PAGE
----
View Full Version : I have some trees to plant.

Cliff Rogers
15th November 2010, 04:16 PM
I now have about 420 Qld Maples Flindersia brayleyana & 340 Silver Quandongs aka Blue Quandong Elaeocarpus angustifolius aka Elaeocarpus grandis.

They were free 'cos they have been in the nursery too long & now need to be planted out urgently.
http://www.woodworkforums.com/members/1060-cliff-rogers/albums/free-trees/5382t-trees-large.jpg (http://www.woodworkforums.com/members/1060-cliff-rogers/albums/free-trees/) Free Trees (http://www.woodworkforums.com/members/1060-cliff-rogers/albums/free-trees/)
I only have about 4 acres of fairly steep ground to fit them into.

I have borrowed the neighbour's ripper & stuck it on my tractor & started preparing the ground.

I have been given conflicting info about how far apart the QLD Maples should be planted. Local rumour has it that if they are too close to each other they compete with each other.
I find it hard to beleive because we already have about 4 or 5 acres of rain forest & there are a lot of Flindersia trees close together in there.

We are about 865M above sea level & it is a wet climate so I don't expect to have too much trouble with them.We will mix the Maples with the Quandongs. There grow very well up here.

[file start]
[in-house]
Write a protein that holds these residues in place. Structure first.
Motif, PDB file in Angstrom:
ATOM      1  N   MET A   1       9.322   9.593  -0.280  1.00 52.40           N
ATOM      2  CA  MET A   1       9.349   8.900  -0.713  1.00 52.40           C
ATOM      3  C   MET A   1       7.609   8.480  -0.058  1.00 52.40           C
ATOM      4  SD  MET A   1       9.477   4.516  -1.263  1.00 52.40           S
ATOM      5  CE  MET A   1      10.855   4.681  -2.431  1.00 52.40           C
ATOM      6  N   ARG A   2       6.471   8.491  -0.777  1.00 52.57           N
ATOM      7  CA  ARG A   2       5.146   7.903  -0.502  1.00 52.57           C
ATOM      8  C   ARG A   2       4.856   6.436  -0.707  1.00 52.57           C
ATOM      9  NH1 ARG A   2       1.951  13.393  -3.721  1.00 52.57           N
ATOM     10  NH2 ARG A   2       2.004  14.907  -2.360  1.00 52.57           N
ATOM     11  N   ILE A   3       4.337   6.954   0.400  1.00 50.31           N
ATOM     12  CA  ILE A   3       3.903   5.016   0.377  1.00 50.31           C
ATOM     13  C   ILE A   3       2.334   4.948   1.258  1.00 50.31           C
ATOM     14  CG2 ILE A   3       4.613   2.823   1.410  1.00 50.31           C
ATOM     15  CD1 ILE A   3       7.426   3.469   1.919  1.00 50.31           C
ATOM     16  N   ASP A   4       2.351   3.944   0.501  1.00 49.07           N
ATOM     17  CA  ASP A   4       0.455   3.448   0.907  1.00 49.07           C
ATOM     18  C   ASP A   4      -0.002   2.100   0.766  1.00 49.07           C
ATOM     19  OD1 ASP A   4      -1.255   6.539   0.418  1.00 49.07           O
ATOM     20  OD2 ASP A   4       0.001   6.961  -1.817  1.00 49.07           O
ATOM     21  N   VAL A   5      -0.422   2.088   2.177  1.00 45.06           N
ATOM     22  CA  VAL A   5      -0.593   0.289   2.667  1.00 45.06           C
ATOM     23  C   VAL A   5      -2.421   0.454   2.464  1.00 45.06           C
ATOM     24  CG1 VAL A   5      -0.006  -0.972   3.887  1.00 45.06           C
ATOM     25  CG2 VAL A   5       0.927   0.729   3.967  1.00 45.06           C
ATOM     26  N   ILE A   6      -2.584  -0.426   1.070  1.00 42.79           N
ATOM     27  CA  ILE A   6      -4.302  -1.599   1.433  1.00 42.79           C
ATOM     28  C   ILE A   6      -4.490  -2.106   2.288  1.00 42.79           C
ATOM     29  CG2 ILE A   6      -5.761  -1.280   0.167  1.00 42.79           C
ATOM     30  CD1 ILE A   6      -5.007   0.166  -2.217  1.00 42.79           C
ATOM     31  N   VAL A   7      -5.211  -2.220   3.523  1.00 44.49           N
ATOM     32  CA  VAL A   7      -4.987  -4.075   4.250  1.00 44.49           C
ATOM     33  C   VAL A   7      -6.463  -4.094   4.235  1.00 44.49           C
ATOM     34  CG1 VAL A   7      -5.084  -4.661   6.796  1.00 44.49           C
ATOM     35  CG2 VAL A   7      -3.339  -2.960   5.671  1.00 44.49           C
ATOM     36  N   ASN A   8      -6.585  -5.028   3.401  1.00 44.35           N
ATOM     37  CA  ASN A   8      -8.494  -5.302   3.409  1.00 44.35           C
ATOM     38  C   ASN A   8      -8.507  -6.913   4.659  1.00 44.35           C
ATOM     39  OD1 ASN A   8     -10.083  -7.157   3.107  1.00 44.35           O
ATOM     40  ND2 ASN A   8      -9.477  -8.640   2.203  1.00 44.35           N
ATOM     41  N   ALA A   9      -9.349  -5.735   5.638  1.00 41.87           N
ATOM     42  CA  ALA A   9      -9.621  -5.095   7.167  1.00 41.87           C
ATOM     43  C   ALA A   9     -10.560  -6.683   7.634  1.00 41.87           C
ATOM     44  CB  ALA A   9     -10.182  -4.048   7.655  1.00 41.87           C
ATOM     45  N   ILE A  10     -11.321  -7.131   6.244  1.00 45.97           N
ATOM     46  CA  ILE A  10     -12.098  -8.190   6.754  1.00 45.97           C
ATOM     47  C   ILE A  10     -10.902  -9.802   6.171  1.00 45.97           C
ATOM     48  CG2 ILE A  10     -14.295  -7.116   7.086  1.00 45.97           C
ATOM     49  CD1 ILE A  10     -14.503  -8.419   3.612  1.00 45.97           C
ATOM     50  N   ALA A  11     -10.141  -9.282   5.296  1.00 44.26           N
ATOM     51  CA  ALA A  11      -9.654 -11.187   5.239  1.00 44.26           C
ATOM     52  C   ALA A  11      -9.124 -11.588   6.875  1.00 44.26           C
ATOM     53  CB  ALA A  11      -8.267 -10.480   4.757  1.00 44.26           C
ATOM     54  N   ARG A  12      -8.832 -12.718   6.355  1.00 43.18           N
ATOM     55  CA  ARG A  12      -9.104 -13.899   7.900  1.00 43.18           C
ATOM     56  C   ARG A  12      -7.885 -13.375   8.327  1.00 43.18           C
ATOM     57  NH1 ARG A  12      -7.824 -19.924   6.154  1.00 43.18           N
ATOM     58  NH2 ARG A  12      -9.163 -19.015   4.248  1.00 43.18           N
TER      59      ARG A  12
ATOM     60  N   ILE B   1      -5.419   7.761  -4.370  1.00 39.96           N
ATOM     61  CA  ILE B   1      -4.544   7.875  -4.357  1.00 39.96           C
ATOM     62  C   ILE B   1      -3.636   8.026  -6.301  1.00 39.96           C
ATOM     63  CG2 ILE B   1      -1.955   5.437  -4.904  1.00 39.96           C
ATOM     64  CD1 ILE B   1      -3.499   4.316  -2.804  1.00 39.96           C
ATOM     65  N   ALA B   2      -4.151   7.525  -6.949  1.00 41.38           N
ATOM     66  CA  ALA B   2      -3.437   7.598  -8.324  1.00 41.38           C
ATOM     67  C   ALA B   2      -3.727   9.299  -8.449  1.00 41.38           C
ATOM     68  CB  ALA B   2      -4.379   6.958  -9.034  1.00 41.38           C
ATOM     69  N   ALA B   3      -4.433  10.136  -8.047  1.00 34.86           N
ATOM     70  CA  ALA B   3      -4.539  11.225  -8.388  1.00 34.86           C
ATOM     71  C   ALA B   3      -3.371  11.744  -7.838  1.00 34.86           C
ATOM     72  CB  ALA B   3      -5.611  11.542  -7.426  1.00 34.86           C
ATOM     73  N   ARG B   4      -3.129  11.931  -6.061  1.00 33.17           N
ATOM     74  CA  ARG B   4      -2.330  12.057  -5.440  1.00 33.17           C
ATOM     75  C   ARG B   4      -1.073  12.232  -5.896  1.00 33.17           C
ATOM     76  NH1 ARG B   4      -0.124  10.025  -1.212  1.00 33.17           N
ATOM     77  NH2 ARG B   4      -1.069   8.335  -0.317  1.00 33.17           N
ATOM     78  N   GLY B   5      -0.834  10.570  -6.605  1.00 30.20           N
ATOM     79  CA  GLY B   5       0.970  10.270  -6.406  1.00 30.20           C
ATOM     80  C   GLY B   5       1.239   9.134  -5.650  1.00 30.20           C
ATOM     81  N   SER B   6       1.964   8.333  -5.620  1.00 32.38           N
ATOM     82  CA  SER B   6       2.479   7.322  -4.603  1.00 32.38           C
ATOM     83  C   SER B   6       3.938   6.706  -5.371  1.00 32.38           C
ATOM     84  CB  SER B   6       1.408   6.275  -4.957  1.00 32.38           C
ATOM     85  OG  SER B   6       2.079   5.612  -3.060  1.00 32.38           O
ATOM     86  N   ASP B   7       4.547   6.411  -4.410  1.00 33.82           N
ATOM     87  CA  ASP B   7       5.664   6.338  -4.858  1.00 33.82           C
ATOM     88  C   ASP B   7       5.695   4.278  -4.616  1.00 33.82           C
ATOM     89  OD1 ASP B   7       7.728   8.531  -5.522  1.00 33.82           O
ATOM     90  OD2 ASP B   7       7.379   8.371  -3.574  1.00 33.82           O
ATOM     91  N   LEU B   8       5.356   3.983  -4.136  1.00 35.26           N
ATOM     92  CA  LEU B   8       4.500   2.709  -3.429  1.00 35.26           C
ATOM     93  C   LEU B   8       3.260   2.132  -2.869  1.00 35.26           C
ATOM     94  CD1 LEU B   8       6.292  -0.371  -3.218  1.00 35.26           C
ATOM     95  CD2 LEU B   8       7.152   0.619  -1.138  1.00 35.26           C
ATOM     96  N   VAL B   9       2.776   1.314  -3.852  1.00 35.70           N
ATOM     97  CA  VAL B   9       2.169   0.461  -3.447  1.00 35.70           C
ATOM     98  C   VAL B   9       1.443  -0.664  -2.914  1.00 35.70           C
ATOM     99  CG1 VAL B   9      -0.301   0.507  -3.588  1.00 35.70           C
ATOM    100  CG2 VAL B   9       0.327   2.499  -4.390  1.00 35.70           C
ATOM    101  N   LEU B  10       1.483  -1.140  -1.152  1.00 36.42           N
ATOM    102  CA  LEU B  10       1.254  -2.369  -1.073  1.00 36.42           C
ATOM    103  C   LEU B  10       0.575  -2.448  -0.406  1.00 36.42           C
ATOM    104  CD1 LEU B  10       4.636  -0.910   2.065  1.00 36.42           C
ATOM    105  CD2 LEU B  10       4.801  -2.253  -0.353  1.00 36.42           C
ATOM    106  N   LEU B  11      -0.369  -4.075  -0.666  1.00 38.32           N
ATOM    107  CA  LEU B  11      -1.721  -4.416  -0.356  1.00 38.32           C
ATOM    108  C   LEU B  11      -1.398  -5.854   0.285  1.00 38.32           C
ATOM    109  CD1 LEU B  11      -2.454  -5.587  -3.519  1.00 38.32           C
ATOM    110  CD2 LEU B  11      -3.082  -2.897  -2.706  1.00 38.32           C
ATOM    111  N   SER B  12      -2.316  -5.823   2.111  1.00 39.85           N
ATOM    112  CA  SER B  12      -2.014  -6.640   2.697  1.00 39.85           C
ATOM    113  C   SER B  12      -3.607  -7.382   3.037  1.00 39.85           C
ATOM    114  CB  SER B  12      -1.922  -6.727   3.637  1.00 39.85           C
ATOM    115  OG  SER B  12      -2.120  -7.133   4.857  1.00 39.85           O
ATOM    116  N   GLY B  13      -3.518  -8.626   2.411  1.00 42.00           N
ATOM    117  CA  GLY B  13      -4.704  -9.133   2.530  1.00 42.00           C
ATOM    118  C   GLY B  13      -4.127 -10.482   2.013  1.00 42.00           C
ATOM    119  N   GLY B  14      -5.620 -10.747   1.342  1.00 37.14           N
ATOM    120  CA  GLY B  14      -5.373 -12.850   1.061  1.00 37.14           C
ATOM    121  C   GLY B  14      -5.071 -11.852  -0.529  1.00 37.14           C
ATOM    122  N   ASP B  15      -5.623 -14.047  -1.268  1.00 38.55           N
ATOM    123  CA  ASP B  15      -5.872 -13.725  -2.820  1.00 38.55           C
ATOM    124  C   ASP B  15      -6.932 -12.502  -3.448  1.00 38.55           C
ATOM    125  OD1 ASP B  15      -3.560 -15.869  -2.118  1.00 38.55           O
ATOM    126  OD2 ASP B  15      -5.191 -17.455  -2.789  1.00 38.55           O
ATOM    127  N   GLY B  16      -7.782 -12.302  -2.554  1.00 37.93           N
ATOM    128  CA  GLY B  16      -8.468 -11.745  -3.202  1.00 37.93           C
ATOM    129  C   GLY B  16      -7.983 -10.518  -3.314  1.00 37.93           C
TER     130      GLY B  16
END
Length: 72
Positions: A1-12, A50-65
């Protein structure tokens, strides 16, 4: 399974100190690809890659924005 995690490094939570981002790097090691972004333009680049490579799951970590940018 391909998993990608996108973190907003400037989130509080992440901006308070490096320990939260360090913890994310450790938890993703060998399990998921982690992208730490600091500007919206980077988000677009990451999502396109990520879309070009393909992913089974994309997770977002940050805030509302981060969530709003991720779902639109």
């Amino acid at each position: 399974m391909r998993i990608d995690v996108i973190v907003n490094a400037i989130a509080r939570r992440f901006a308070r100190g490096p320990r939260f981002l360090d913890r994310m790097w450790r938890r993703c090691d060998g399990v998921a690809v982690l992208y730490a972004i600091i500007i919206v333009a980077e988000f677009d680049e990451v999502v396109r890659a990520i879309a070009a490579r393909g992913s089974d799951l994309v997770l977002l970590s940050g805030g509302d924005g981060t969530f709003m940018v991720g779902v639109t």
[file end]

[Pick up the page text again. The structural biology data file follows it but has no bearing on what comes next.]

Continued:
Enfield Guy
15th November 2010, 04:23 PM
Good luck to you I say. Free is always good. I wouldn't know about spacing the trees, but, if you plant at similar spacings to what is already thriving I can't for the life of me see what the problem would be.


Cliff Rogers
15th November 2010, 04:43 PM
That is what I reckon.

I have found an article about farmed forest & they plant a 3m x 3m spacings for trees that are to be commercially harvested.

15th November 2010, 05:15 PM
Just leave enough room to swing an axe or a chainsaw which ever you prefer. The question is Cliff are you going to live long enough to harvest them.

Cliff Rogers
15th November 2010, 05:54 PM

I am mainly interesting in getting rid of the small amount of pasture that has problems with declared weeds that we have to control.

If it is all under trees then we won't have a weed problem.

I also want to leave something for the future. :)

John Saxton
16th November 2010, 12:03 AM

I also want to leave something for the future. :)

Thanks Cliff in the future i know where there will be an ample supply of turning timber!:D

ONYA Cliff ya deserve a greenie for being green.


16th November 2010, 07:57 AM
Give Sean a call at Private Forestry Southern Queensland Contact (http://www.privateforestrysthnqld.com.au/contact/) I'm sure he could assist with some good advice.


16th November 2010, 08:06 AM
Cliff it depends on what you want out of them. If you don't want timber and only pasture control then I suppose closer the better. 3 x 3 or even closer would work. If you want timber then they need to be spaced. My Paulownia were planted on a 5 x 5 metre grid. Once the crowns touched most of the growth went into the crowns and not the trunks. I had to thin every 3rd tree to correct the situation. At the time I thinned I was told that I should have planted on a 6 x 7 metre grid. Just food for thought as paulownias are different to Aust natives.


Cliff Rogers
16th November 2010, 02:26 PM